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Most people rely on them since you can get to your destination fairly quickly at a very low cost. The rides tend to start at 20 baht from one end of the street to another. We recommend asking the price before hopping on. They do get more expensive the further you go, so for longer distances, it’s not ideal.

They also have a mixed reputation. It’s fair to say that it’s unsafe due to their reckless driving. Some riders will provide you with a helmet, but the cleanliness is questionable.

You can also book a ride on the Grab application.

Bangkok’s commuters are served by two boat options, one running along the Chao Phraya River and another via canals.

Canal taxi boats that travel along Khlong Saen Saep (from Banglamphu to Ramkhamhaeng) and are a convenient method to go between Banglamphu and Jim Thompson House, Siam, and other destinations farther east along Sukhumvit — following a mandatory boat change at Pratunam Pier.

The boats provide an alternative option for commuters and they only stop at the docks for a few seconds — hop on right away and you’ll be left by the dock. The fares range from 12 to 15 baht. Locals complain that the San Saeb Canal is filthy and unpleasant, but it is one of the quickest routes to get around.

The river is plied by a number of Chaophraya Express boats. The colour of the flags flying from the back of the boat defines which boat they represent.

The primary ferry service along the Chao Phraya River is operated by the Chao Phraya Express Boat. Sathorn/Central Pier or Saphan Taksin is the name of the central pier, which connects to the BTS at Saphan Taksin station.

Also, there are many cross riverboats that cruise every few times till late in the night and cost just 3 baht. Longtail boats for sightseeing tours may be arranged at Phra Athit/Banglamphu Pier, Chang Pier, Tien Pier and Oriental Pier.

If you do decide to use the bus, route maps in English can be found at most 7-Eleven outlets and bookstores. Air-conditioned bus rates range from 12 to 25 baht, while fan-cooled bus fares begin at 10B. With the exception of the ‘all-night’ buses, which operate from 3am or 4am to midmorning, many bus routes operate between 5am and 10pm or 11pm.

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The bus is one of the most difficult mass transit systems for travelers to use in Bangkok, and it is a slow method to get somewhere. Most bus stops are in disrepair and have out-of-date posters and stickers on them.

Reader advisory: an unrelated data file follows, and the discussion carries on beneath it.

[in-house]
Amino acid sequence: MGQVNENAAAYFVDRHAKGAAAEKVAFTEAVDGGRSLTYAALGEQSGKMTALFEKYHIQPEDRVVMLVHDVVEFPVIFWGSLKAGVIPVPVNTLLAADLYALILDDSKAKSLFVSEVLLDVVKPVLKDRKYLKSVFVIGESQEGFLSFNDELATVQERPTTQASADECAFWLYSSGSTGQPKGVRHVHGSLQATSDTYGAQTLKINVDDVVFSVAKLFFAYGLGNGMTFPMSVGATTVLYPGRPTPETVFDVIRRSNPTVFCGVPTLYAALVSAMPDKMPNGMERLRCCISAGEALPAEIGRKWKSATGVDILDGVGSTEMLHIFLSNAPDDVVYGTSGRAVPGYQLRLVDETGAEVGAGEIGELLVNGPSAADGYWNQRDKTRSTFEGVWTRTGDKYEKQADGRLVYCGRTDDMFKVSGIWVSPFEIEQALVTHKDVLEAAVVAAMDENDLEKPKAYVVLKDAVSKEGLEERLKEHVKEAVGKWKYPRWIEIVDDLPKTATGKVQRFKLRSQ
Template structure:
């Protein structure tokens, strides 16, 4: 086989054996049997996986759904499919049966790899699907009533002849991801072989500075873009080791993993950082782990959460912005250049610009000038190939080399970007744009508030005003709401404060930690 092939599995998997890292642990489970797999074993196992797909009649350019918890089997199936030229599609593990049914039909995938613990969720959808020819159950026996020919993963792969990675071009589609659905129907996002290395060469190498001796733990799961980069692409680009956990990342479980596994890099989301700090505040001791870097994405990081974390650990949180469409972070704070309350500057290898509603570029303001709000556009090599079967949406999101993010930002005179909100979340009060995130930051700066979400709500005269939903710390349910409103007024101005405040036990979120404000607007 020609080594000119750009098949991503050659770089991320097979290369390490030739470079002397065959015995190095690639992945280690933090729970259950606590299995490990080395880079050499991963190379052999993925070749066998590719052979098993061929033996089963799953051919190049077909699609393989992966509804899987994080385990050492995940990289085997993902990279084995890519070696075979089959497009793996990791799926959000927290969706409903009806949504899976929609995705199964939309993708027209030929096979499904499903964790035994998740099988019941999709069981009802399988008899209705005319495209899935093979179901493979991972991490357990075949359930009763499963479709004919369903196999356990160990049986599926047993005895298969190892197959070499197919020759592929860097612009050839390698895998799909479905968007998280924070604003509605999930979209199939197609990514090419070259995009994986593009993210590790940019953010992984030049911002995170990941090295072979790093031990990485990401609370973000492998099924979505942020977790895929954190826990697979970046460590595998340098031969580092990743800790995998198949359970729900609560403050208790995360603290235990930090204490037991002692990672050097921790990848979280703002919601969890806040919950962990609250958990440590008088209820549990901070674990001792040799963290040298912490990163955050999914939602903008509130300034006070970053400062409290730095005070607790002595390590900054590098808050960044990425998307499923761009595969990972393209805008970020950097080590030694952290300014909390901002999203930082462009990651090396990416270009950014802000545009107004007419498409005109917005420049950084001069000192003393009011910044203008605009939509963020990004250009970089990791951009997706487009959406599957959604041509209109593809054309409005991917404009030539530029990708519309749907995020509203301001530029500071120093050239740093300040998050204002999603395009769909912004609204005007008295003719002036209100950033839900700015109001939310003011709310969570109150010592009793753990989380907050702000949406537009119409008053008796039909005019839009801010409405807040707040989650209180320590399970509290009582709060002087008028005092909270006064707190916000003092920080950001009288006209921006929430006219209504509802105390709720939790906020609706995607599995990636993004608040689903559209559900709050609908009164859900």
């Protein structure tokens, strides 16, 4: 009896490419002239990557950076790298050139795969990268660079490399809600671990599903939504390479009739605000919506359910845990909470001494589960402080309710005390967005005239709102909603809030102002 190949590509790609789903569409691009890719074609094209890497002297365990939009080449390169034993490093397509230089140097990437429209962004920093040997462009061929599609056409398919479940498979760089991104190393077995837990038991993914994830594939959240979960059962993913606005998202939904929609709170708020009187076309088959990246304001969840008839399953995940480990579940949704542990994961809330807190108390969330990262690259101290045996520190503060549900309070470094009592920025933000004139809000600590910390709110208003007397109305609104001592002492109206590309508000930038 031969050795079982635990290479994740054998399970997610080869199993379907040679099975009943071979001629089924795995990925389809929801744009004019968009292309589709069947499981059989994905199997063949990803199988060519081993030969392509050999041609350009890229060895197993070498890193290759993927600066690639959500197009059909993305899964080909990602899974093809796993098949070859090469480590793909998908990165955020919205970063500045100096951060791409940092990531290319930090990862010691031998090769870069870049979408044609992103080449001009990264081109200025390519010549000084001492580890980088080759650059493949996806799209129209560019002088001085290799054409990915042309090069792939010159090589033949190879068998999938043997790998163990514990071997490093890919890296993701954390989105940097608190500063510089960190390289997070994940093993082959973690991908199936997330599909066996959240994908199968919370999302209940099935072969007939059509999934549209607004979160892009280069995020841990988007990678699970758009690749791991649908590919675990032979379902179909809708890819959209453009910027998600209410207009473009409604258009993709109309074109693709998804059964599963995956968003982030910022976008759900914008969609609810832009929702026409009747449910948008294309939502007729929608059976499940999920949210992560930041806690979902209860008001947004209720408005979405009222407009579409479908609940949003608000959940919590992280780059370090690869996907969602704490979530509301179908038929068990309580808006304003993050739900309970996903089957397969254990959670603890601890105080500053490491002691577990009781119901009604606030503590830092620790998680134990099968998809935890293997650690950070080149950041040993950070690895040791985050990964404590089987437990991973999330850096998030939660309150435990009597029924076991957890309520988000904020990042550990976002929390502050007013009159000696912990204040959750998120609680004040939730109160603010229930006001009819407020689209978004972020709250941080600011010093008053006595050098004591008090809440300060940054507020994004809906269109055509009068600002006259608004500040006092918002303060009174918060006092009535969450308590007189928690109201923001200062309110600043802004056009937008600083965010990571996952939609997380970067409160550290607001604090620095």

Many buses still have operators, so once you’ve chosen a seat, you’ll need to pay for one. But, on selected lines, the Bangkok Mass Transit Authority already accepts credit or debit card payments.

Tuk Tuk
Last but not least is the famous tuk tuk. We understand that this is a must for most foreigners when visiting Thailand, so the rides are very expensive. Drivers can be pushy, but don’t give in. Try to keep calm, and negotiate the price.

It’s one of the scams here in Thailand, so considered yourself warned. If they ask you about wanting a tailored made suit, for example, it’s best to ignore it, unless you want to take your chances.

Extra tips and insights

  • If you’re travelling with a child, and have to use public transportation, the train is the best bet. They have lifts that you can use to push trolleys. Taxis don’t provide car seats, and it’s not easy to convenience them.
  • Cycling is not ideal. If you’ve been to Bangkok before then you know how dangerous the roads are. There are many car related accidents alone, so it’s best to avoid cycling just to be safe.
  • Walking is a good option if you don’t mind the heat or humidity. You can find hidden gems around the city that can’t be found by taking public transportation.

What’s your take?
If you’ve been to Bangkok, what’s the best way for you to get around? What has been your experience? If you haven’t been here before, what is the method of transportation you’re most likely to use? Let us know in the ThaigerTalk section below.